Teachers Recreate Haitian Folk Tales With a New Beat

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Georges Vilson (left) and Michael DeVellis. Photo by Joyann Jeffrey/GlobalCityNYC

Georges Vilson (left) and Michael DeVellis. Photo by Joyann Jeffrey/GlobalCityNYC

A high school teacher is trying to embody traditional Haitian folk tales with a computerized orchestra for the first time.

“I’m paving the way,” said Georges¬†Vilson, commissioner of the orchestrated folk tales CD. There will be 10 songs containing traditional stories including Vilson’s favorite, Dodo the lullaby.

“If you don’t sleep the crab will eat you,” he hummed¬† while remembering his mother’s soft voice singing to him.

Vilson grew up on these traditional Haitian folk tunes. Now, he said, it breaks his heart to see the younger generation unaware of the same songs he learned as a child. Vilson decided that he had to make a change, but also challenge himself at the same time, which led him to the orchestrated tales project.

Of the younger Haitian generation, Vilson said, “I don’t mind you listening to different kinds of music, but you cannot neglect your own.”

Medjie Corrielant, a 19-year-old Haitian-American student at LaGuardia Community College, agrees with Vilson. She confesses that she does not know a lot about Haitian folk tunes.

Vilson’s book, “101 Notated Haitian Folk and Vodou Songs,” helped him start his new project. The book is accompanied by four CDs, two that feature the folk tales on piano and two that have vocals in Creole with Haitian drums. But his new album, coming out in December, will showcase a more classical style of music than traditional.

To achieve this classical style, he gave $4,000 to a fellow music teacher at James Madison High School, Michael DeVellis, who is transforming the 10 traditional folk tunes to orchestration.

“I can do it!” DeVellis said when he first heard about the project. He was worried that his background as a Italian-Irish American might get in the way, but Vilson knew that DeVellis was creative.

The first song on the new album is “Sou Lanme,” where the god of the ocean, Agwe, walks on land to cure the goddess of love, Ezili. Using the innocent voice of the woodwinds, DeVellis depicts the soldiers’ calm approach onto land before a cannon interrupts the sweet harmony. Every shot fired from the cannon is used to carve the intimidating personality of Agwe.

Shortly after, the brass section overpowers the quiet woodwinds to represent the power, influence and intimidation of Agwe and his army. But before Agwe can reach Ezili, she falls sick to her illness and dies in a cold slumber. The music ends at its climax where all of the instruments are shouting in harmony, giving the goddess a triumphant death.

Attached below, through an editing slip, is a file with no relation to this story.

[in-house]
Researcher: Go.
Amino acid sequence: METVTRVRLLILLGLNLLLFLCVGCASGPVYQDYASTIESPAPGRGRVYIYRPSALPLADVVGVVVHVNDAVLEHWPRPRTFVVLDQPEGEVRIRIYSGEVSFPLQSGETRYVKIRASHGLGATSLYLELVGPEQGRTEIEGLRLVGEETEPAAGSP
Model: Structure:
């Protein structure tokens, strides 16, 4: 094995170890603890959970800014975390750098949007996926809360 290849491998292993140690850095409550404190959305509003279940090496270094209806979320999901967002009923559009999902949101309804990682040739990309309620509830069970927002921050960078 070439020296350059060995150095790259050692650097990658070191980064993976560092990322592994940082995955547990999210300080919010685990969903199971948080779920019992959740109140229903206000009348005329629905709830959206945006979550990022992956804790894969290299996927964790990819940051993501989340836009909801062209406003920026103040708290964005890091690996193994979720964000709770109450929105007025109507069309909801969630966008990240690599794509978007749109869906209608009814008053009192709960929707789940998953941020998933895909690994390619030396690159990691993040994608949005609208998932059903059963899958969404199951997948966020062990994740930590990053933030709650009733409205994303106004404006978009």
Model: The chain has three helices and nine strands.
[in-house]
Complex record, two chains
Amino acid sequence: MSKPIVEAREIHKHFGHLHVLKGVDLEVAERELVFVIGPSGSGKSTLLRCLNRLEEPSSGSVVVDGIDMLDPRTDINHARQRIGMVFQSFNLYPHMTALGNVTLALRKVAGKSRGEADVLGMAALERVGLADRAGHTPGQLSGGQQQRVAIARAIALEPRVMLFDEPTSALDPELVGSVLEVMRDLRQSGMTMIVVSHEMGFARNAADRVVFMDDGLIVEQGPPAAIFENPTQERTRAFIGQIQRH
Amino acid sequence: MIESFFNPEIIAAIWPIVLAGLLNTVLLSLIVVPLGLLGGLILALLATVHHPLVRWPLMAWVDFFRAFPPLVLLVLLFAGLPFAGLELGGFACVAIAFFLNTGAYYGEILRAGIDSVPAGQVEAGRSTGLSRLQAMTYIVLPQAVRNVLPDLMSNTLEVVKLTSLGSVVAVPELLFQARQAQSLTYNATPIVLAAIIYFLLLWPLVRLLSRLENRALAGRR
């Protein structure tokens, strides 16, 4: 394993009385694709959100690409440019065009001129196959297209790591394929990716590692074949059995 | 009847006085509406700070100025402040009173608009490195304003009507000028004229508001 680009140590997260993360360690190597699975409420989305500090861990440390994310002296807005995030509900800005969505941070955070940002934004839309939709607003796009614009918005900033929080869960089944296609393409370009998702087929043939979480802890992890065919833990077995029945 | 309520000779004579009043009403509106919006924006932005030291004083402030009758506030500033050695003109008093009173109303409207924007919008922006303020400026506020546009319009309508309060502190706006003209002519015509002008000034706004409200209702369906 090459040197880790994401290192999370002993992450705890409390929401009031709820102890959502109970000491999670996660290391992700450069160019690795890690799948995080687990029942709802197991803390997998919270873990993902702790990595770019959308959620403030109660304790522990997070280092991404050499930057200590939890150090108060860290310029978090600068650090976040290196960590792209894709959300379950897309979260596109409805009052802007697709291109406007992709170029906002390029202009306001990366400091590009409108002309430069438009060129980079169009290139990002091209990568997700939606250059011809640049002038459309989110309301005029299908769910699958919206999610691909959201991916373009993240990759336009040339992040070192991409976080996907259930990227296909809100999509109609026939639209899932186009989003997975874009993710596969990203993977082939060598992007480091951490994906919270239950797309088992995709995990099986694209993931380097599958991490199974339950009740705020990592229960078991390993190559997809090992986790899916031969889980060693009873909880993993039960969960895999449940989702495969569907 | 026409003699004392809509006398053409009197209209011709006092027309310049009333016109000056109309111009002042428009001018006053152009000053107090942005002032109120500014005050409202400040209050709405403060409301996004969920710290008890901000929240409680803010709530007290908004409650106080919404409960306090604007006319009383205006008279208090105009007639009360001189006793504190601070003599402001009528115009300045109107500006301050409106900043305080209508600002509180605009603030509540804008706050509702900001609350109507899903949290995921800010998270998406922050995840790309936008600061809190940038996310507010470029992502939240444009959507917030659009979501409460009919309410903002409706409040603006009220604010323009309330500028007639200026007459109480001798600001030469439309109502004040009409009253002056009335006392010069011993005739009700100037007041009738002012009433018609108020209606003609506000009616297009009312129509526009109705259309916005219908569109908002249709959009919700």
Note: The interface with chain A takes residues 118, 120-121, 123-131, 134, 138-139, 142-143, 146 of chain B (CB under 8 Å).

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To portray these vivid scenes and personalities, DeVellis uses a computer program called Logic Pro 9, on which he imitates the sounds, harmonies and vibrancies of a live orchestra through a 27-inch iMac.

“It’s a trial and error sometimes,” DeVellis said, but “I have not found it at all challenging” to mix the computerized sounds to real solo musicians.

In late October, the two high school teachers began work in the studio, costing Vilson $6,000 more. To pay a live orchestra will cost Vilson a lot more money that he does not have, but “I want to show the world, including Haiti that although they are simple sounds we can embellish them,” he said.

Vilson does not know what he will call the album or how he will distribute the CD, but he knows that he wants to put Haiti on the map. DeVellis, who is still learning about Haitian culture, said, “Regardless of what happens with this CD, I feel that I have learned so much.” Vilson, on the other hand, does not care if the listeners are into the CD or not. He simply said, “they’ll get used to it.”

DeVellis is currently writing the last song that will be displayed on the album. One of the powerful songs on the CD is “Ogou Ann Ale.” Starting with the faint sound of old shackles rattling and war horns in the distant background, it captures the listener’s attention. The drums beat slowly, creating anxiety over what may happen next.

The comrades of Ogou, the war god, hurry him out of the battlefield because their enemies are near. Although Ogou hears his comrades’ concerns, he decides to carry the dead and wounded back to camp so they will not be forgotten. DeVellis creates a war scene with sharp violins and horns that crescendo into the rising fear of Ogou’s comrades.

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This is a new fusion of music that has never been done before. But due to the success of Vilson’s last four CDs, Dahoud Andre, an activist in the Haitian community, is excited for this new collusion.

“He has earned the right to express himself culturally,” said Andre. “I’ll wait to see what comes out.”

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